What it Takes to Learn Hooping…or Anything

“You start with the reverse weave,” the instructor was saying. I hadn’t heard of the move, but I told myself, This is good; I came here to my first hooping event to learn. All those years alone in my backyard, only Youtube and DVDs as teachers, there was plenty I needed to soak up in person. Not to mention I’d never had a community of hoopers.

“Does anyone not know the reverse weave?”  I raised my hand, the cold, unfamiliar sensation of being the only ignorant one in class starting to creep through me. (Note to teachers: this is not the ideal way find out where your class is. It makes students who don’t know feel like dodos, rather than making those who do know feel smart. Take out the not in the question—subtle, but powerful.)

The instructor explained, “It’s a forward weave, like this, just going backwards…like this.” That seemed simple enough. It turns out I already knew the forward weave. “Start going forward” she said and I did, the hoop rolling smoothly over my hand on each side of my body. “Then just reverse it. Lead with your pinky instead.” It seemed like the thirty other people in the barn effortlessly swung their hoops in the other direction, making elegant figure-eights. My hand twisted into an awkward angle and my hoop teetered to a stop.

It felt like the gears of my brain were grinding. I couldn’t imagine what my body was supposed to be doing to make the pattern happen in the opposite orientation. Where exactly would my pinky be leading? For some reason, “reverse” seems to be an invalid command in my programming. I think it has partly to do with mild dyslexia, which doesn’t usually affect me until I have to keep some numbers in order, navigate somewhere, or back up a vehicle.

“Wait, which hand does what, facing where?” I asked the person next to me.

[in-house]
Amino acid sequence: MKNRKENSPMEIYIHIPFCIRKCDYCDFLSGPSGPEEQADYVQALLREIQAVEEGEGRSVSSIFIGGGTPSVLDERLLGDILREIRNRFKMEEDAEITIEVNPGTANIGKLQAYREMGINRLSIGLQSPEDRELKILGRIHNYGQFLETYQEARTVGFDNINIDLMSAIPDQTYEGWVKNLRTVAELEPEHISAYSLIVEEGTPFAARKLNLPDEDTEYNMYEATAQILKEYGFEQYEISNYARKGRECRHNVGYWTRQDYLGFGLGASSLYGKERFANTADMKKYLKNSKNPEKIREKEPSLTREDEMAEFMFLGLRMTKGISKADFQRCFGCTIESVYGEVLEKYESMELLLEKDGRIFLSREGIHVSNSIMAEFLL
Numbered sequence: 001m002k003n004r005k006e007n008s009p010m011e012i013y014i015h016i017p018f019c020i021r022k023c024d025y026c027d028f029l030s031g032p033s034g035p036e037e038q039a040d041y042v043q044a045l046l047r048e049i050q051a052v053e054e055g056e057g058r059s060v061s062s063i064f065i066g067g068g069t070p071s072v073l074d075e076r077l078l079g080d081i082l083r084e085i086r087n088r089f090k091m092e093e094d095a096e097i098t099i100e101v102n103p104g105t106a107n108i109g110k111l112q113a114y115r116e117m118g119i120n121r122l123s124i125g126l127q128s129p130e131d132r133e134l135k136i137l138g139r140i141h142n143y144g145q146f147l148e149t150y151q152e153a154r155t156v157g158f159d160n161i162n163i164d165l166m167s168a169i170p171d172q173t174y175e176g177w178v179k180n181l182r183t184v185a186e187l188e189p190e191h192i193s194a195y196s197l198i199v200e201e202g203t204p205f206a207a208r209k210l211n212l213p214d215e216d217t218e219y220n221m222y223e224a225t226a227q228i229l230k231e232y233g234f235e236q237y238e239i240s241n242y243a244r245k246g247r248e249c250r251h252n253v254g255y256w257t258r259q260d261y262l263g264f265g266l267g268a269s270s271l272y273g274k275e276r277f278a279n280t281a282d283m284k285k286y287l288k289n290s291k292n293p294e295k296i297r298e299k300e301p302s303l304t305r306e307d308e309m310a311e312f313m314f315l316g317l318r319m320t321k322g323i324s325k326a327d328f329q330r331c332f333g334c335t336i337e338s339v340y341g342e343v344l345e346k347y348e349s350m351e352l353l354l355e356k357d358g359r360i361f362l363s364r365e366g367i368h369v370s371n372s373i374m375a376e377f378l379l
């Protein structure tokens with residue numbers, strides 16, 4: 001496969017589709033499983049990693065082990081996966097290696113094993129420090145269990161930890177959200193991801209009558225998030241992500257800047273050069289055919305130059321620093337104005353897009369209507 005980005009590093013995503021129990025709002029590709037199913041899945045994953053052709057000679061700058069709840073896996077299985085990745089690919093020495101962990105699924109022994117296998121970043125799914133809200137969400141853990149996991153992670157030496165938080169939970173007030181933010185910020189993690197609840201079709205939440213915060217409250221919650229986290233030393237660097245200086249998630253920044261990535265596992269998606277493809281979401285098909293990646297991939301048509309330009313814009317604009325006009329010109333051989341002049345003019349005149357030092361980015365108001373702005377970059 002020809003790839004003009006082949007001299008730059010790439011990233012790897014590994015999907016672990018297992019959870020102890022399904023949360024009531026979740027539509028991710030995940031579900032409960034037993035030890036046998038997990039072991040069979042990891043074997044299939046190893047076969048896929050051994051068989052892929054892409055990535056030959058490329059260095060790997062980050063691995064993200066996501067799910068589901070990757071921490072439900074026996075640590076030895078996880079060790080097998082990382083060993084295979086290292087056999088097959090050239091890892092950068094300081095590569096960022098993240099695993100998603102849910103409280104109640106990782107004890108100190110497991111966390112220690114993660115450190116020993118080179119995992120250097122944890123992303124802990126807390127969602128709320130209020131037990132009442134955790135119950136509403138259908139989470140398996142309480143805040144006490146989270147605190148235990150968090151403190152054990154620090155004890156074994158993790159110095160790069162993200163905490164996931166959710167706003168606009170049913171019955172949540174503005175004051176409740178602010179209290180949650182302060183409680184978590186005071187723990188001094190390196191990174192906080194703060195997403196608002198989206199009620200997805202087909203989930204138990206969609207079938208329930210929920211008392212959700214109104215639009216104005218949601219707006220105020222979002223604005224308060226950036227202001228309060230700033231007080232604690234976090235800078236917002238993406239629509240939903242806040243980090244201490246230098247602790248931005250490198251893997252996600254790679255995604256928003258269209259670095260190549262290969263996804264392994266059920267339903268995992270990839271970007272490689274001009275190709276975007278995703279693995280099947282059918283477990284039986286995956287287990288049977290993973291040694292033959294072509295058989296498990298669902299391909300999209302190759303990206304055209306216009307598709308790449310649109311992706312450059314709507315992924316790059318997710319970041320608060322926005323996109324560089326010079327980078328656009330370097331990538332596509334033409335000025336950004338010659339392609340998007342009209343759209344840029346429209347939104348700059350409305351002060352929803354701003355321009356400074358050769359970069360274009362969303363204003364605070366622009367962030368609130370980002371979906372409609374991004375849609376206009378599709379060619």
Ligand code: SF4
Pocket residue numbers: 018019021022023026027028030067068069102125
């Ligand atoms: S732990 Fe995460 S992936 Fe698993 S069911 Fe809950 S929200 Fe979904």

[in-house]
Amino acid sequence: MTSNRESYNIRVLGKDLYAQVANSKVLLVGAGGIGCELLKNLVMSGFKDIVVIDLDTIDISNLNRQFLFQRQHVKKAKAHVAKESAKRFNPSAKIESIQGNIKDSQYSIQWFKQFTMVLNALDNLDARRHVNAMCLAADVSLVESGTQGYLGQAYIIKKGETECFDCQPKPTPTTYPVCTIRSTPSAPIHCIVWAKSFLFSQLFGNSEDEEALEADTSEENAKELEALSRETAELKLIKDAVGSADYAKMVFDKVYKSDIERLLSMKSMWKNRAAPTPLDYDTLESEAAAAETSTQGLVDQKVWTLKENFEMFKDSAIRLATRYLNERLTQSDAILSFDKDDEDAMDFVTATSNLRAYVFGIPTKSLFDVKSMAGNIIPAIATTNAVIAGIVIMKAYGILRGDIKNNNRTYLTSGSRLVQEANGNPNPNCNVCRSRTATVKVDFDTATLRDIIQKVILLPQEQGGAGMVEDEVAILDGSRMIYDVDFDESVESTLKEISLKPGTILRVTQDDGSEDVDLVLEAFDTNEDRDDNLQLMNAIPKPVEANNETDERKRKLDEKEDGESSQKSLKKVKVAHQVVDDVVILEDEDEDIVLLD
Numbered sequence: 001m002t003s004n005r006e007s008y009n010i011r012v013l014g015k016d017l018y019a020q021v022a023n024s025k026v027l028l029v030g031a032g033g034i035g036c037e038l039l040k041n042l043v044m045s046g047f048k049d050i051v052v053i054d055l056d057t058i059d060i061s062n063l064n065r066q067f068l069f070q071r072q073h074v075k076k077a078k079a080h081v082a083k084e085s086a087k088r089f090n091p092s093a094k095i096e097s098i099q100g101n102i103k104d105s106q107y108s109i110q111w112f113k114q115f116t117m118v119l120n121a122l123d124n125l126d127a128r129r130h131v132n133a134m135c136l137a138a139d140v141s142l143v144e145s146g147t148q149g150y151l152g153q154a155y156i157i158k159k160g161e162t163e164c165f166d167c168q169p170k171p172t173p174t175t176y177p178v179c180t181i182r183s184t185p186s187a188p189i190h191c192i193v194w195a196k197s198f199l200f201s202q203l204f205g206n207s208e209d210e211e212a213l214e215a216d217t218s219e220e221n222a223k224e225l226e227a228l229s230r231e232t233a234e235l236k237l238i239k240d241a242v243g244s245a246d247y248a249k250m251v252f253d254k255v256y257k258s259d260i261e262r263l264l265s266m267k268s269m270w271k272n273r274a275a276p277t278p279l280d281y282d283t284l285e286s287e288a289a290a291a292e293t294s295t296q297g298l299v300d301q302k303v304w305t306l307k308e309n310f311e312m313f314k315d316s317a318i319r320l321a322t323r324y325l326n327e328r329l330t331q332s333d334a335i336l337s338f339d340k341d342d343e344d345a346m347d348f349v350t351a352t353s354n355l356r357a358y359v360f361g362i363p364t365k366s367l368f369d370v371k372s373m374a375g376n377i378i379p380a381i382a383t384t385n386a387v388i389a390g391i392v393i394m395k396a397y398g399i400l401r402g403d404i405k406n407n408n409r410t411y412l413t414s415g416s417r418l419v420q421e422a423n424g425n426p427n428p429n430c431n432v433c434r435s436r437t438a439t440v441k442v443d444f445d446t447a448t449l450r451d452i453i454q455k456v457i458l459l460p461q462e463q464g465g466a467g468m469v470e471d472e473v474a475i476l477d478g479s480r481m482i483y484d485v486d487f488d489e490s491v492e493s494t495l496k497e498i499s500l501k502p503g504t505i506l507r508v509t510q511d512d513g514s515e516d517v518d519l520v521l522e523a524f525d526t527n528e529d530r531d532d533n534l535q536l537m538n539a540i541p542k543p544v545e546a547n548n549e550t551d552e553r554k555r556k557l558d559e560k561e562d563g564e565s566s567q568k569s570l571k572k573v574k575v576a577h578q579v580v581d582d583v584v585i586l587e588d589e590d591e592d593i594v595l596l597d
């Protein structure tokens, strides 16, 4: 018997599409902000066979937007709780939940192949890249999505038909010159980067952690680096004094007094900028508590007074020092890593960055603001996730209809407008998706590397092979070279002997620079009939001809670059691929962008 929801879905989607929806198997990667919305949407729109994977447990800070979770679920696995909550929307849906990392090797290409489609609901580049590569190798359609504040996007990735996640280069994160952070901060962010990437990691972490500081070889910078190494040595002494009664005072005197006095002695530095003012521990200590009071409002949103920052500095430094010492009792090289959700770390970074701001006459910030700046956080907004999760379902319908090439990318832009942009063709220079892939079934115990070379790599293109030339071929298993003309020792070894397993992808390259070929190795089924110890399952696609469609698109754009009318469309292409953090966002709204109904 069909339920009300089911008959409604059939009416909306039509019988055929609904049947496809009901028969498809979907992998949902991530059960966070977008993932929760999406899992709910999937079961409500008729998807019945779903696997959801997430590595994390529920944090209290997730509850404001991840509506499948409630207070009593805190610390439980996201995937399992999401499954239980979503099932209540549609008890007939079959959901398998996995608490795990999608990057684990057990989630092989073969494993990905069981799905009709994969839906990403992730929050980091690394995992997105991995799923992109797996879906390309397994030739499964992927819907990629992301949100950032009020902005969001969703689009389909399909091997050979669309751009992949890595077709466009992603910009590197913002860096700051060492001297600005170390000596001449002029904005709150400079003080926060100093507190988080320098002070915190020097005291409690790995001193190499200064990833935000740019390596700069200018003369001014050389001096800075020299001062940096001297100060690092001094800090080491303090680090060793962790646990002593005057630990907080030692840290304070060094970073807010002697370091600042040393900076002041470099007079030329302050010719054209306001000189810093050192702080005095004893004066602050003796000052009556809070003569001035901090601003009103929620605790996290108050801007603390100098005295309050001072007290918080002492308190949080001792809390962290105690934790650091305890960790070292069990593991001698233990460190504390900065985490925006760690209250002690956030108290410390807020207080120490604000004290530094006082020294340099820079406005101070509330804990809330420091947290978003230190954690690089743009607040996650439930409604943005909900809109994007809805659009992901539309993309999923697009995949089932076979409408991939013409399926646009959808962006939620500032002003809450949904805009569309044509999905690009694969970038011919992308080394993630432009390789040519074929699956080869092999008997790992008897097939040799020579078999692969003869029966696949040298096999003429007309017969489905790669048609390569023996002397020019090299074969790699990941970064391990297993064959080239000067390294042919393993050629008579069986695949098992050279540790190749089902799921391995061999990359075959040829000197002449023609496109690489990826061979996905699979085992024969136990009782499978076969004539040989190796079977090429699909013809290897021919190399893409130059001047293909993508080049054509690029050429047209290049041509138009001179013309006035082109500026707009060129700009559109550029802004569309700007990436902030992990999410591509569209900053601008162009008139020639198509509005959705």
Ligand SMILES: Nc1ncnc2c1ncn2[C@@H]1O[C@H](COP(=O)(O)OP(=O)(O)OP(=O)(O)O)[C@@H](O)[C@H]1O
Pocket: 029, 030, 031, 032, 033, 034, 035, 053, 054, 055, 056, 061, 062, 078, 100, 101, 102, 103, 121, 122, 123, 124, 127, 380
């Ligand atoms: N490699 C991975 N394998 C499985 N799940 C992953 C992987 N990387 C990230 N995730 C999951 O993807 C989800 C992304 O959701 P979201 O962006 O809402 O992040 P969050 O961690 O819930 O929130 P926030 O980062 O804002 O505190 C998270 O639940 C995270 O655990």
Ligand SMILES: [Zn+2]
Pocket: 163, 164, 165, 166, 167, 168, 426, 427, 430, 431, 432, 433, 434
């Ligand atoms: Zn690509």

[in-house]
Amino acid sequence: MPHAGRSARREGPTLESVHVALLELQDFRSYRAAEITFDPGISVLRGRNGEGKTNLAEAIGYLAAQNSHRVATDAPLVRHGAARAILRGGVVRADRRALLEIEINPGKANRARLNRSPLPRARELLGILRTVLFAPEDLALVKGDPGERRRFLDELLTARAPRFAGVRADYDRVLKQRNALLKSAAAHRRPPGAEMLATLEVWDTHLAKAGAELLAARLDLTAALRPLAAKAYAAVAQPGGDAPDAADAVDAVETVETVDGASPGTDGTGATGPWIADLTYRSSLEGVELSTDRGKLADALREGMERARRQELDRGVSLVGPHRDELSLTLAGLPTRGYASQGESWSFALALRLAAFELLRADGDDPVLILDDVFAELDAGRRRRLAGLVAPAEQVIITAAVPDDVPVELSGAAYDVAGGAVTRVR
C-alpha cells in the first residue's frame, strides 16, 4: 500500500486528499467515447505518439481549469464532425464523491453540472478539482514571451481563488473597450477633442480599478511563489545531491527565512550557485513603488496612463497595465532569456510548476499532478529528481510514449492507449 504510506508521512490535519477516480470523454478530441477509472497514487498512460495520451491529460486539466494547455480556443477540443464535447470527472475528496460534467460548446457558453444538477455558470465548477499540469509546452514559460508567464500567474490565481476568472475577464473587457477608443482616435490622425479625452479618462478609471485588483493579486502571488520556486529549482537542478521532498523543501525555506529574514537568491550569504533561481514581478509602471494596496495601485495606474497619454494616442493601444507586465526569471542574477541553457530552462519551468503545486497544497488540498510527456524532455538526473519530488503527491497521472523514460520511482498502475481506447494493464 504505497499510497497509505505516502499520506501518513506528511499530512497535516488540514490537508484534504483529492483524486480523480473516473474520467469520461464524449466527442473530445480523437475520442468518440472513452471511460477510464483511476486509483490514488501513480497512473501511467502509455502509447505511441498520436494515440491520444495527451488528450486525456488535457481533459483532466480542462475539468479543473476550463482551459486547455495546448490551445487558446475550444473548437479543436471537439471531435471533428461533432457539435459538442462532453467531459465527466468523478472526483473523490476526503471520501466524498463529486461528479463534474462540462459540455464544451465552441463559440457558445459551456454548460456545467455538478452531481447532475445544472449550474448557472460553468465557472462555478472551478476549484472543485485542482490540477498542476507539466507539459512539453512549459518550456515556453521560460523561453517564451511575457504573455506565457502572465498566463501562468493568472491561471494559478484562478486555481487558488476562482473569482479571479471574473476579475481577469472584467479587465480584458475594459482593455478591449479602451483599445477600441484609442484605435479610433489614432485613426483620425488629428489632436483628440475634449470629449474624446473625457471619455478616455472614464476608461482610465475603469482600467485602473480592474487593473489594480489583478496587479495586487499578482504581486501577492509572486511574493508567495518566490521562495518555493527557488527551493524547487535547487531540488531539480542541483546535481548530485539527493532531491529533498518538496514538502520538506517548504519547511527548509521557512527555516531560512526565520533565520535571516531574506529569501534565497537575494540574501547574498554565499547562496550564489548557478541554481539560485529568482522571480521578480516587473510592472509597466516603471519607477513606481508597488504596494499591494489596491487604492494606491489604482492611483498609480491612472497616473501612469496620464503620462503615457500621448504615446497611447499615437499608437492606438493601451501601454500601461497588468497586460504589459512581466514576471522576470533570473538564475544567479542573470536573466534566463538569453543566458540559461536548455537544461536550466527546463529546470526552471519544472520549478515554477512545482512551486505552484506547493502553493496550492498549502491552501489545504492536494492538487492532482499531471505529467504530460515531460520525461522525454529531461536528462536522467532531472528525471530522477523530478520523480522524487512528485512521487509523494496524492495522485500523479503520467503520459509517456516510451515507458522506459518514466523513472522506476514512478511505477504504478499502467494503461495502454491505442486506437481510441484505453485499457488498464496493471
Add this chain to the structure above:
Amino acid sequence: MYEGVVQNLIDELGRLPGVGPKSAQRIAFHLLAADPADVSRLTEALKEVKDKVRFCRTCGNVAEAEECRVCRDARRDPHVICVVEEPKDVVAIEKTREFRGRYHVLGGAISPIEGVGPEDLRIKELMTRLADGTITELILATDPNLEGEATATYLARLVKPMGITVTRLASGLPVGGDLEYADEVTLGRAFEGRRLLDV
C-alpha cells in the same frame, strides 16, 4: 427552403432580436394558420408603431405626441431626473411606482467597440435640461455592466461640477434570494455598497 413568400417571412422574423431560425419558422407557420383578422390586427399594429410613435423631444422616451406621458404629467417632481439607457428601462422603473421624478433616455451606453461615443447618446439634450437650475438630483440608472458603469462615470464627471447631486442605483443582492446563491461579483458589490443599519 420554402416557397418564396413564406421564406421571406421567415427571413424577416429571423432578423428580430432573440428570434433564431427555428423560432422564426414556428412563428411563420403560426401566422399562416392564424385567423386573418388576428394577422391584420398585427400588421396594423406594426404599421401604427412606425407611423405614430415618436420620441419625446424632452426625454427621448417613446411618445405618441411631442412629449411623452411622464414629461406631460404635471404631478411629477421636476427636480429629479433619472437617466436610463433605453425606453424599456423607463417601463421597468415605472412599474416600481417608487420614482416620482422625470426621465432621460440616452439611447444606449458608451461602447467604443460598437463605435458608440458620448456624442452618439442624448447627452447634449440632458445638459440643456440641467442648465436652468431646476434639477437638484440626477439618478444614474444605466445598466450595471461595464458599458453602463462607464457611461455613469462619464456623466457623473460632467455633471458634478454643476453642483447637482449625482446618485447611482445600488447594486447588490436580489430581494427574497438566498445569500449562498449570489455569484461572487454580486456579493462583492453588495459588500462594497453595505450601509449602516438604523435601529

She smiled and demonstrated patiently. “It’s a little tricky, at first,” she said.

“You don’t know a reverse weave?” the guy behind me said, barging into the conversation, like it was the most basic move ever invented. “How long have you been hooping? Did you just start?”

“No I didn’t just start,” I said, feeling defensive.

“How long, then? Less than two years.” Maybe he meant I shouldn’t worry that I didn’t know this move yet, assuming I was a newbie. But it sure sounded to me like he meant that anybody who has hooped for any length of time ought to know how to do a reverse weave. He sounded like my inner critic who liked to tell me at low moments that I ought to be better at this by new; if I had any talent, I’d be able to do more tricks and make them look smoother.

“More than two years,” I said, downright hostile.

“It goes like this,” he said, demonstrating.

You are here to learn and let go of your ego, I reminded myself. You can even learn from jerks. I tried to follow along but I felt completely uncoordinated, no part of my body could make a smooth motion. And no new information could be processed in my brain at all. Everything in my mind and body was wrapped so tightly around “I can’t” that, well, I couldn’t.

On our way out of class, I said to my friend Stacy, “I’m not used to being the slow kid in class.” She put her arm around my shoulders and said kindly, “I’m sure you aren’t.” Later in the afternoon I skipped the next workshop to hang out with Stacy and a few other new friends and spin our hoops near the fire pit. I felt my body loosening again, and my mind letting go, just hooping, getting into the flow doing some tricks that came easily. We started showing each other how to do new moves and improve on ones we knew. Moves I’d struggled with before or hadn’t ever tried, starting happening. It wasn’t that I knew I could make them, but I was open to the possibilities.

I nearly cried with relief, not because I popped into my hoop with a kick (thanks, Megan!), but because I was back into a space where I could enjoy myself again and could learn. The difference was palpable, and a good reminder for myself as both teacher and learner: let go of “can’t.”

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